House Passes Unanimous Duty Suspension Bill Loading Bases for Senate Grand Slam
The House of Representatives passed on January 16, 2018 a bill providing temporary duty relief on about 1,800 imported products that are not available or produced in the United States. The Miscellaneous Tariff Bill Act of 2017 sailed through the chamber with a 402-0 vote, signaling overwhelmingly strong bipartisan support and proving there are still some things politicians can agree on.
The bill is the first product of a new process established through the American Manufacturing Competitiveness Act of 2016, which codified elements of the previous Congressional-led process. Among other things, the Act also tasked the non-partisan U.S. International Trade Commission with reviewing petitions for consistency against statutory criteria, coordinating an inter-agency process, and recommending a legislative package for congressional consideration. According to a House Ways and Means Committee statement, when enacted in law, the MTB Act is expected to lower the cost of imports, create more jobs, increase wages for American workers, boost America’s competitiveness, and ultimately decrease prices for consumers.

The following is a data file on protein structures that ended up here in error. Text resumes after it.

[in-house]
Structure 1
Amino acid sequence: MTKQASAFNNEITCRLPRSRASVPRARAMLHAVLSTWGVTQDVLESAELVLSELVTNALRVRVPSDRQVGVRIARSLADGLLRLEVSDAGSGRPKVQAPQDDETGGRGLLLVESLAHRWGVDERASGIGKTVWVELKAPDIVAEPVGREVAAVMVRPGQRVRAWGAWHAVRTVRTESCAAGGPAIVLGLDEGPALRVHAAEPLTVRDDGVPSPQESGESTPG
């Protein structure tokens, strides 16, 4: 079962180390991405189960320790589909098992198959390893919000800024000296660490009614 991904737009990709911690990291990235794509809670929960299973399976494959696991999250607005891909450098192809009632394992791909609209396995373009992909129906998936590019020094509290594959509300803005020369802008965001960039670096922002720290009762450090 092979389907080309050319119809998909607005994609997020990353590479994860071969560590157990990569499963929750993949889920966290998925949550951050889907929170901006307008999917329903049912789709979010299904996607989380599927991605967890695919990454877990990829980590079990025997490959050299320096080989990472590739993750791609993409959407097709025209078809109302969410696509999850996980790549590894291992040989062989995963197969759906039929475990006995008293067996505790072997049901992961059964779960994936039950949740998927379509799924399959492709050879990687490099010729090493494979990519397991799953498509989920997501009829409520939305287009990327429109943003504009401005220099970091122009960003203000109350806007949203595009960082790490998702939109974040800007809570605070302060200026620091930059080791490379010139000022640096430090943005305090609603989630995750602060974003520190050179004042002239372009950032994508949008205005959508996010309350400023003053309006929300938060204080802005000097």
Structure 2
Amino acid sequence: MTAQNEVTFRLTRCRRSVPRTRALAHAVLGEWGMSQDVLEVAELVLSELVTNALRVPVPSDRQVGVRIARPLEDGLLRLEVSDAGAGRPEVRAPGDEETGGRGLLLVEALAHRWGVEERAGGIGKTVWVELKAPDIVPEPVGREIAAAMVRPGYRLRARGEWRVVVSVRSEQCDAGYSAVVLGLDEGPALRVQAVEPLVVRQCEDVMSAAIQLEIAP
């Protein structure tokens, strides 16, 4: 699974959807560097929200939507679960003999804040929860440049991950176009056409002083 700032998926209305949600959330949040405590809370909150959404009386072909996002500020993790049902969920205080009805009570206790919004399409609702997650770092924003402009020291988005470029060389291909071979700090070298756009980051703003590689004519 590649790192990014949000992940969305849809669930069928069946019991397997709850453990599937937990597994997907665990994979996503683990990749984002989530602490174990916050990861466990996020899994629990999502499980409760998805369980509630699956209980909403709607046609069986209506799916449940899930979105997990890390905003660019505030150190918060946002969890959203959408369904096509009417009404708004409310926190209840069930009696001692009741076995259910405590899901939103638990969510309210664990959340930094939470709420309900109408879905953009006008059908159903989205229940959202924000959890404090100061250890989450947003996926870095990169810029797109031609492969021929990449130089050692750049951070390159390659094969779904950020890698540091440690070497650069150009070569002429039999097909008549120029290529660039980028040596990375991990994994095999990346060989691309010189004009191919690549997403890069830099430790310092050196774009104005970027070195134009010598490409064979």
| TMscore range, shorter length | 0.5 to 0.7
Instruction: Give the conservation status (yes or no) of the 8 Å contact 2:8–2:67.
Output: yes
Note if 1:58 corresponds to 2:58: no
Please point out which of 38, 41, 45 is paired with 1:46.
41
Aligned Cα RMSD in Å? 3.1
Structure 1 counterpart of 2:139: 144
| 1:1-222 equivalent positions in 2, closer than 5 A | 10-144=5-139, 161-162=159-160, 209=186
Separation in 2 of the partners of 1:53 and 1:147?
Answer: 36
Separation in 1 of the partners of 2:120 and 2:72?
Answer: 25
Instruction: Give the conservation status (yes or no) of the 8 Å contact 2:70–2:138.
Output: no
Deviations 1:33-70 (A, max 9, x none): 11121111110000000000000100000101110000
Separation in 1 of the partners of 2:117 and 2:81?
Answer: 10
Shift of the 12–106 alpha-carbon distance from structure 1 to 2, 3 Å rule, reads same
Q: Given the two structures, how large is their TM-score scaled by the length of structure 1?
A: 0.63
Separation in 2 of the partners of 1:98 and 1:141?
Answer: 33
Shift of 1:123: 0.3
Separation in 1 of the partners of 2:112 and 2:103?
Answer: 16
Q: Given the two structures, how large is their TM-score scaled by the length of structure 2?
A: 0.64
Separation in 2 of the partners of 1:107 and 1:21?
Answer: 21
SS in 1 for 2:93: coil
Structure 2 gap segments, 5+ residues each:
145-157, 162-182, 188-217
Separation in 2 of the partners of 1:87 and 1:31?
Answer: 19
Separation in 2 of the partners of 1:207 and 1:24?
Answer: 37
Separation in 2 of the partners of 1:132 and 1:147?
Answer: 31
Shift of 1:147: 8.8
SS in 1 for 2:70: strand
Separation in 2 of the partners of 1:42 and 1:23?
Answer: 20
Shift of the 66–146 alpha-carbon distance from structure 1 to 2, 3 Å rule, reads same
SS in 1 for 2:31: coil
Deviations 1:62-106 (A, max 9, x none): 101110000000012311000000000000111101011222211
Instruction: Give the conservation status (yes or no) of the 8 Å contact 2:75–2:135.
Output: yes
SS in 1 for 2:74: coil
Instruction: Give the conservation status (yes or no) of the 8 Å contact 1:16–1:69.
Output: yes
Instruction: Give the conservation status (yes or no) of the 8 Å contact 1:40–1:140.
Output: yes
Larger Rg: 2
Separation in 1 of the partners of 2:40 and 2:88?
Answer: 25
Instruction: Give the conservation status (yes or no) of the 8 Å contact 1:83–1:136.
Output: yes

All eyes are now on the Senate, where Senate Finance Committee Chairman Hatch and Ranking Member Wyden have voiced previous support to quickly move legislation, as staff continue to consider procedural strategies for moving the bill, either as a stand-alone measure or as part of a larger package. There have been previous reports of a preference to move MTB in tandem with the expired Generalized System of Preferences program; however the House-passed bill included only the MTB. Many have pointed to the budget spending package as a potential vehicle for both items – despite several attempts to enact more than stop-gap measures on that package – however, any reports including MTB in the mix on active legislative is a positive sign. Though the final play has not yet crystalized, with several options at hand and strong support from both industry and the House, enactment is very much within reach when the Senate is ready to step to the plate.